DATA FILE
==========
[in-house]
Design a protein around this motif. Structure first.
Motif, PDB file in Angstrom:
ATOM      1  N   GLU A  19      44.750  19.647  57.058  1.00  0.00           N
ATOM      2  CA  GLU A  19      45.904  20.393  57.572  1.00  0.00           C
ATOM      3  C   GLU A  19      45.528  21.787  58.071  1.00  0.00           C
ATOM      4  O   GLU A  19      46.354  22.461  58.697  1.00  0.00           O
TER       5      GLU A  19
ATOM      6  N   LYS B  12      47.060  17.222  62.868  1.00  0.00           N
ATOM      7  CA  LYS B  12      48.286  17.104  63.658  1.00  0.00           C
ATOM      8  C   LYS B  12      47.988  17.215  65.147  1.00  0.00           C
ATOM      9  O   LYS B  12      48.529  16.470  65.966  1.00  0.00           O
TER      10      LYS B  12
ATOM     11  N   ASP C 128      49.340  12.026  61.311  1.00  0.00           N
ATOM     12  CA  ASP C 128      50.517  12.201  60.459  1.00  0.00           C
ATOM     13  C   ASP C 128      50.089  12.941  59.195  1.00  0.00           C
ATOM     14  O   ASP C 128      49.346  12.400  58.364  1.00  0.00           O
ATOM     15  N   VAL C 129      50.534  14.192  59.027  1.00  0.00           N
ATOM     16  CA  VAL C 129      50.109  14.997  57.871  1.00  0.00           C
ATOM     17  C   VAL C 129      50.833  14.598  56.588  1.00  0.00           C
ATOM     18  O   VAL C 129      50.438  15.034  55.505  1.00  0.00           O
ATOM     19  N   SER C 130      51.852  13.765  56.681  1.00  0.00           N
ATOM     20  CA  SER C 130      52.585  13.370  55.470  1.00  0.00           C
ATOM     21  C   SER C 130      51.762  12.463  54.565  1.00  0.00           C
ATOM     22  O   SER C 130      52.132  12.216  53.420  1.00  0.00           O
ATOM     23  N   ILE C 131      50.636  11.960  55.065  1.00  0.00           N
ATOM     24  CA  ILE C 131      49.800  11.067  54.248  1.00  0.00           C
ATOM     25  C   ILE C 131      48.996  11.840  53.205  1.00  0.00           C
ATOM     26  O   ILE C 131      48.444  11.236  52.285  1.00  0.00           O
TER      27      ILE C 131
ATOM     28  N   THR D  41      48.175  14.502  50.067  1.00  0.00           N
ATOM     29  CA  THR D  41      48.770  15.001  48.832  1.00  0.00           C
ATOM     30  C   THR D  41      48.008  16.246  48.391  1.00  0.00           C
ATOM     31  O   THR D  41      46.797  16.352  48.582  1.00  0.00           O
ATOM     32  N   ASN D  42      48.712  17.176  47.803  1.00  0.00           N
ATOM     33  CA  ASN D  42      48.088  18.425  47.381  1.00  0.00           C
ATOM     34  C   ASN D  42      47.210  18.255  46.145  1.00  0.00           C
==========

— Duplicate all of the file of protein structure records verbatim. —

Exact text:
[in-house]
Design a protein around this motif. Structure first.
Motif, PDB file in Angstrom:
ATOM      1  N   GLU A  19      44.750  19.647  57.058  1.00  0.00           N
ATOM      2  CA  GLU A  19      45.904  20.393  57.572  1.00  0.00           C
ATOM      3  C   GLU A  19      45.528  21.787  58.071  1.00  0.00           C
ATOM      4  O   GLU A  19      46.354  22.461  58.697  1.00  0.00           O
TER       5      GLU A  19
ATOM      6  N   LYS B  12      47.060  17.222  62.868  1.00  0.00           N
ATOM      7  CA  LYS B  12      48.286  17.104  63.658  1.00  0.00           C
ATOM      8  C   LYS B  12      47.988  17.215  65.147  1.00  0.00           C
ATOM      9  O   LYS B  12      48.529  16.470  65.966  1.00  0.00           O
TER      10      LYS B  12
ATOM     11  N   ASP C 128      49.340  12.026  61.311  1.00  0.00           N
ATOM     12  CA  ASP C 128      50.517  12.201  60.459  1.00  0.00           C
ATOM     13  C   ASP C 128      50.089  12.941  59.195  1.00  0.00           C
ATOM     14  O   ASP C 128      49.346  12.400  58.364  1.00  0.00           O
ATOM     15  N   VAL C 129      50.534  14.192  59.027  1.00  0.00           N
ATOM     16  CA  VAL C 129      50.109  14.997  57.871  1.00  0.00           C
ATOM     17  C   VAL C 129      50.833  14.598  56.588  1.00  0.00           C
ATOM     18  O   VAL C 129      50.438  15.034  55.505  1.00  0.00           O
ATOM     19  N   SER C 130      51.852  13.765  56.681  1.00  0.00           N
ATOM     20  CA  SER C 130      52.585  13.370  55.470  1.00  0.00           C
ATOM     21  C   SER C 130      51.762  12.463  54.565  1.00  0.00           C
ATOM     22  O   SER C 130      52.132  12.216  53.420  1.00  0.00           O
ATOM     23  N   ILE C 131      50.636  11.960  55.065  1.00  0.00           N
ATOM     24  CA  ILE C 131      49.800  11.067  54.248  1.00  0.00           C
ATOM     25  C   ILE C 131      48.996  11.840  53.205  1.00  0.00           C
ATOM     26  O   ILE C 131      48.444  11.236  52.285  1.00  0.00           O
TER      27      ILE C 131
ATOM     28  N   THR D  41      48.175  14.502  50.067  1.00  0.00           N
ATOM     29  CA  THR D  41      48.770  15.001  48.832  1.00  0.00           C
ATOM     30  C   THR D  41      48.008  16.246  48.391  1.00  0.00           C
ATOM     31  O   THR D  41      46.797  16.352  48.582  1.00  0.00           O
ATOM     32  N   ASN D  42      48.712  17.176  47.803  1.00  0.00           N
ATOM     33  CA  ASN D  42      48.088  18.425  47.381  1.00  0.00           C
ATOM     34  C   ASN D  42      47.210  18.255  46.145  1.00  0.00           C